An allegation of voter fraud in Milford Borough was discounted by the Pike County Commissioners, December 20th, following an investigation by the County Elections Office.

MILFORD - An allegation of voter fraud in Milford Borough was discounted by the Pike County Commissioners, December 20th, following an investigation by the County Elections Office.

On November 22nd, the Elections Office was notified by letter that irregularities may have happened in the voter registrations in Milford Borough, that could have affected the outcome of the November election.
The writer of the letter, whose identity was not disclosed, brought attention to 46 names in the publicly available voter registration records. The issue was that addresses given were for businesses that have a Milford address, rather than for the home of the voters. The question was raised, if all these voters actually live within the borough limits of Milford and are therefore entitled to vote in Milford Borough?

Following an investigation by the Board of Elections and District Attorney Ray Tonkin, they concluded that there is no evidence of a concentrated effort to register voters unlawfully to impact the 2017 borough elections.

No race with candidates on the ballot was decided by the questionable voters who actually cast a ballot in the election, the Commissioners’ statement reads.

Commissioner Chairman Matthew Osterberg added that this was not specific to any one party; the 46 registered voters, he said, were “across the board” including Republicans, Democrats, Green Party and others.

After receiving the letter, the employees of the Elections Office extracted the voting records of the 46 names listed. The records show the voter registration, voting history- specifically if they voted in Milford Borough in the 2017 municipal election, and other publicly available information.

This review determined that only eight of these 46 persons cast a ballot in the Milford Borough election in 2017. Of those eight, three were also registered in New York State. “However, none of those three individuals also cast a ballot in New York State, and could lawfully cast a vote in Pike County,” the statement reads, noting that the addresses they presented were residential addresses in Milford Borough.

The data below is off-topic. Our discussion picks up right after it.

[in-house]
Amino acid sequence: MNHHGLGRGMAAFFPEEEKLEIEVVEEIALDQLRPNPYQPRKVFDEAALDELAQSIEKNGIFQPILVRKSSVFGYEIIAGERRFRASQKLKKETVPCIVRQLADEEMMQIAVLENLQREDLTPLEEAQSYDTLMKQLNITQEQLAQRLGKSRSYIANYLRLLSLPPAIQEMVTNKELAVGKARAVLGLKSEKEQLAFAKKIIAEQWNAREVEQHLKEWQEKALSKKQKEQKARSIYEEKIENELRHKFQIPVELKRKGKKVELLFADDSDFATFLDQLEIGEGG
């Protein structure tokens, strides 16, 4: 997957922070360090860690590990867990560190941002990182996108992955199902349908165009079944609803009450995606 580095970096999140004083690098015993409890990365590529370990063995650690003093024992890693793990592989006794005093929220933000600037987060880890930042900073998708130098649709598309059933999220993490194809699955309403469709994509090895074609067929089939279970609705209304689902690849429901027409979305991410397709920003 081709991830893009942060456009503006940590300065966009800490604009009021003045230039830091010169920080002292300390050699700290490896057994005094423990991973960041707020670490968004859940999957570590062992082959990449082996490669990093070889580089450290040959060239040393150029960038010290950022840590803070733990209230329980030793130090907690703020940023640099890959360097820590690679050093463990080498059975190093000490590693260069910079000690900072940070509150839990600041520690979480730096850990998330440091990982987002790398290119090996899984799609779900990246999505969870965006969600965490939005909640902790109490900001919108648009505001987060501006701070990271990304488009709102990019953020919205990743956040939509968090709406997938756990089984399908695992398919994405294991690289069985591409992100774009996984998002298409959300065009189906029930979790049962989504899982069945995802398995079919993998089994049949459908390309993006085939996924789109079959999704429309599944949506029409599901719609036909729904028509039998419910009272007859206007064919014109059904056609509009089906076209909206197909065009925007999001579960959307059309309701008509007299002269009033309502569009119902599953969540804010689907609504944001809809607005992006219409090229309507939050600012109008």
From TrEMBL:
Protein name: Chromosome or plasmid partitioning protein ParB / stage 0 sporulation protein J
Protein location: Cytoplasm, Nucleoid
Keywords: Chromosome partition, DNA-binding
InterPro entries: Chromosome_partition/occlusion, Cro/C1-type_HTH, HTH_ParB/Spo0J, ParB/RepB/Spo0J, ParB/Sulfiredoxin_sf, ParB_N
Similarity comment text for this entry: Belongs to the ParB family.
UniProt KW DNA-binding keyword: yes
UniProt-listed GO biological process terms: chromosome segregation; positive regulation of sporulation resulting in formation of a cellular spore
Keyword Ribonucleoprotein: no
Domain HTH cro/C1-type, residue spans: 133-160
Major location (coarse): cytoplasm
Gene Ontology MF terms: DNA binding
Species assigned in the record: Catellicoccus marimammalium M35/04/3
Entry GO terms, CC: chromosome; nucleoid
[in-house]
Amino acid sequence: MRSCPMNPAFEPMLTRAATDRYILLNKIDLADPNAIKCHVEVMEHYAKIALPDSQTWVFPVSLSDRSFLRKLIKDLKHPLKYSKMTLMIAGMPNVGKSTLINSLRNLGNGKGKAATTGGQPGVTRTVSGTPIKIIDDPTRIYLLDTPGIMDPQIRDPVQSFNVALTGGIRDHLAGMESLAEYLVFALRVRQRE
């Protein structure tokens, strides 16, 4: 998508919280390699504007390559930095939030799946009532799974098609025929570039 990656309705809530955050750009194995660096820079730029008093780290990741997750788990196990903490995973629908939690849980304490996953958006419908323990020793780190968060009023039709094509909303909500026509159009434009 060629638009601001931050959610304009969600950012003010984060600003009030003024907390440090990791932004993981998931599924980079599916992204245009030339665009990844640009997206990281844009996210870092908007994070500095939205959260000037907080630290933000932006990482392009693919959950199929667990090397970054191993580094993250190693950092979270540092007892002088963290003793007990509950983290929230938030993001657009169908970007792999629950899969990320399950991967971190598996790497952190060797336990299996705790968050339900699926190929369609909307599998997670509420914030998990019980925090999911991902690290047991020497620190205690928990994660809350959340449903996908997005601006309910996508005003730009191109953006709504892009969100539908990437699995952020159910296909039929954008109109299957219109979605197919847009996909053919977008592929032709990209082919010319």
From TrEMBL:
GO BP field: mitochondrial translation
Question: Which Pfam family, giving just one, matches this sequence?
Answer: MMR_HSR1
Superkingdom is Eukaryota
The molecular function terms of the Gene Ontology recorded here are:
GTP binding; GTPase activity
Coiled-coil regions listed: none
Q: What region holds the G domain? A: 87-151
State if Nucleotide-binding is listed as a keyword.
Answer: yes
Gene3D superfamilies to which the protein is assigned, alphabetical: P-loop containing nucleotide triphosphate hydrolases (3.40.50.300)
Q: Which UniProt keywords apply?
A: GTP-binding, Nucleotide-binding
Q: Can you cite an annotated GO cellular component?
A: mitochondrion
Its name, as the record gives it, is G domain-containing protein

The next five individuals each had registered to vote in Milford Borough in the past, and had voted there previously. The Commissioners noted that four of these addresses used to register to vote were for commercial addresses in Milford Borough to which the registered voter had a connection prior to the 2017 election.

The last was an address that could not be located at a physical location, although the person registered is a known resident of Pike County.

County Solicitor Tom Farley said that he thinks these the people that used their business address, did so unintentionally, not realizing that cannot use that address to register to vote.

Each of these five registered voters are being notified by the Board of Elections to educate them to the rule that they must be registered to vote at their residence. They are being directed it take corrective action.
“In the event they again cast a ballot using an address that is not a place they inhabit as their residence, the information will be forwarded to the District Attorney for review to determine if criminal prosecution can be sustained in court,” the Commissioners’ statement reads.

D.A. Tonkin reviewed the materials pulled by the Election Office employees, and concurred with the assessment ad actions of the Election Board, the statement concluded.

Asked why this complaint came up now, Osterberg said, “I think people are paying more attention to what’s going on in the voting, to make sure people are properly registered as to where they are voting, and I think that’s important.”

Also discussed:

Pike County Commissioners will meet on Thursday, December 28 at 9 a.m., to vote on the 2018 budget and tax rate. The Commissioners meet Tuesday, January 2nd at 9 a.m. to re-organize, and will convene on Wednesday, January 3rd at 9, for their regular meeting. The courthouse addition is expected to be completely occupied in April or May 2018, Osterberg said. The construction will be done sooner, but there is a lot of coordination involved to move the affected departments, including Probation Department, Sheriff’s Office and Courts into the building. The $8 million project broke ground in June 2016; the contract called for completion by June 2018. Commissioners approved an agreement for consulting services from Manzi1 Consulting, to explore non-union correctional facility employee benefits. The goal is to encourage retention and to fill positions.

The Commissioners meet on the first and third Wednesday at 9 a.m. at the Pike County Administration Building, 506 Broad St., Milford.